Confronted with a new national consciousness around racial inequity, two New York City art exhibitions focus on mourning with varying degrees of success.
Rakowitz has installed at the Wellin a partial reconstruction of “Room H” within the Northwest Palace of the ancient Assyrian city of Nimrud.
In Hammons’s body prints, the veteran artist melds method, intention, and significance.
The Twenty Twenty exhibition at the Aldrich uses using hand drawing to record and describe the cascade of catastrophes that made 2020 feel like an entire decade.
Black Art, HBO’s documentary on Black visual artists, unwittingly demonstrates what a community gives up when it strives toward the mainstream.
We love representation, the power of signifying, and the incisiveness of well-argued critique, but by themselves, these tools won’t effect structural change.
This year-end issue of the Hyperallergic Special Edition consists of reflections, that acknowledge the struggles that the Hyperallergic team — staff writers and editors — experienced right along with our readers, while also keeping in sight the exhibitions, events, protests, and initiatives that buoyed us.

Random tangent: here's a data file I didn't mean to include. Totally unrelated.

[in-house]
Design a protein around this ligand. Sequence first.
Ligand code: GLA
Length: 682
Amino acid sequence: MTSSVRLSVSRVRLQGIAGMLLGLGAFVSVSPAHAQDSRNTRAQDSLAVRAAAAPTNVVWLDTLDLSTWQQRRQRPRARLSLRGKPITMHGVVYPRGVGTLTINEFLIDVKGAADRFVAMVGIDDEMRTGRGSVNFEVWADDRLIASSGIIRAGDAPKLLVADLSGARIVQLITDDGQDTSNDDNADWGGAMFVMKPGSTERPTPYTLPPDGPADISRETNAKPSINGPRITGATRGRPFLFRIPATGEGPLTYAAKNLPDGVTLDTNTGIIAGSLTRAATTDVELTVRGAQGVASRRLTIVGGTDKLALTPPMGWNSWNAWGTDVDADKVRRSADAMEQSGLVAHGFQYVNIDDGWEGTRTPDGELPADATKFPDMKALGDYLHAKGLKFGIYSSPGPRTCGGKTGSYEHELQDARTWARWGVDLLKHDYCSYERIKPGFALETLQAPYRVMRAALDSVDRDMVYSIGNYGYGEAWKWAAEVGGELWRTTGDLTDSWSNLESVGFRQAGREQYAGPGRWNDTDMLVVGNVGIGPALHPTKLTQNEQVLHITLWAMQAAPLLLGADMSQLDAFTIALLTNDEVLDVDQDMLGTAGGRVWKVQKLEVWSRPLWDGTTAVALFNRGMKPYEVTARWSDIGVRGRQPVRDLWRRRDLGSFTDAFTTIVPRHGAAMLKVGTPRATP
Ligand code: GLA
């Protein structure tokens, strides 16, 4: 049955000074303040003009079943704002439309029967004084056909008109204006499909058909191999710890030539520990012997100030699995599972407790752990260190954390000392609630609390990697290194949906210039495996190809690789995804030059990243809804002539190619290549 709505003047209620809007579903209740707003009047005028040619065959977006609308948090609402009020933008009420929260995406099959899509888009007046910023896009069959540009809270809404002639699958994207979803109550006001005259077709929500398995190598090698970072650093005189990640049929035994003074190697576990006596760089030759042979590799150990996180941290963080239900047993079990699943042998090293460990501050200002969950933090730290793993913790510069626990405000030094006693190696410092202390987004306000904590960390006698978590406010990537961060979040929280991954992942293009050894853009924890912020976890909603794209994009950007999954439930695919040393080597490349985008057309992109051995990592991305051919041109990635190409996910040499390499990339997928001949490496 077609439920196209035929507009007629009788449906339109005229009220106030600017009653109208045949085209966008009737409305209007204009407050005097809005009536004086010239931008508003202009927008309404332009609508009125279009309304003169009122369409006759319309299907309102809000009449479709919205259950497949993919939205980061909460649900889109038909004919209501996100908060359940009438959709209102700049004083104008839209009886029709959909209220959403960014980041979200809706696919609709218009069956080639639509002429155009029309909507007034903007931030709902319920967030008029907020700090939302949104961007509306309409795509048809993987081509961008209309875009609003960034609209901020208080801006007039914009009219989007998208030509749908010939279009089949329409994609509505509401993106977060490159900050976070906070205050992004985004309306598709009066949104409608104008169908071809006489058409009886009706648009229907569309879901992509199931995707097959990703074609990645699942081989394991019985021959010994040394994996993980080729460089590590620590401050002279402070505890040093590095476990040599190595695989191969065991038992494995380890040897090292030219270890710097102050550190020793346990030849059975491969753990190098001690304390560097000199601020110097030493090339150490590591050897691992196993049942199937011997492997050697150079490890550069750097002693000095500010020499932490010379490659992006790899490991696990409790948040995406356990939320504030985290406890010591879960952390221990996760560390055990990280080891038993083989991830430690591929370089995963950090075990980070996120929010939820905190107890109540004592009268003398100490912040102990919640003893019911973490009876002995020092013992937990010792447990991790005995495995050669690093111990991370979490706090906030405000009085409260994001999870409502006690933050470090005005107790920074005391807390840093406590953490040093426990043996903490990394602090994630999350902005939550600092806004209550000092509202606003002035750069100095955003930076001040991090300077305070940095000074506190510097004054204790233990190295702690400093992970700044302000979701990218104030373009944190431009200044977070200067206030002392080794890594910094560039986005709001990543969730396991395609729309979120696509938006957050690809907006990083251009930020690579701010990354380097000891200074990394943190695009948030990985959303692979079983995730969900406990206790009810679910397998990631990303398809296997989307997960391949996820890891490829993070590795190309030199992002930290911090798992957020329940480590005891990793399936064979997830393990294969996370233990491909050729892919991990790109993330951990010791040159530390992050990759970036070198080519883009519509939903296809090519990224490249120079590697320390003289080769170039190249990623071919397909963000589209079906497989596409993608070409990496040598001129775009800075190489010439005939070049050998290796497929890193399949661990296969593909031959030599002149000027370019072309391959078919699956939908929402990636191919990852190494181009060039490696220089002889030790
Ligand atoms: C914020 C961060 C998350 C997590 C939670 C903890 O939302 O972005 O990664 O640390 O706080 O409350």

In “Self Must Die,” Fordjour’s penchant for lush colors and surfaces dovetails with the theme of churchified rituals of remembrance.
The artists at False Flag Gallery demonstrate the through line between art of the African continent and modern abstraction.
Mike Zahn gives us an image of Shrine’s empty gallery projected in the empty space, offering a commentary both meta and melancholic.
We are seeking opinions that encourage and cultivate thoughtful debate and make it possible to see aspects of an exhibition, policy, or initiative that we had not considered before.
Looking at the upcoming shows from Pace, David Zwirner, Gagosian, and Hauser & Wirth one hardly gets the sense that we are in a moment of acute crisis.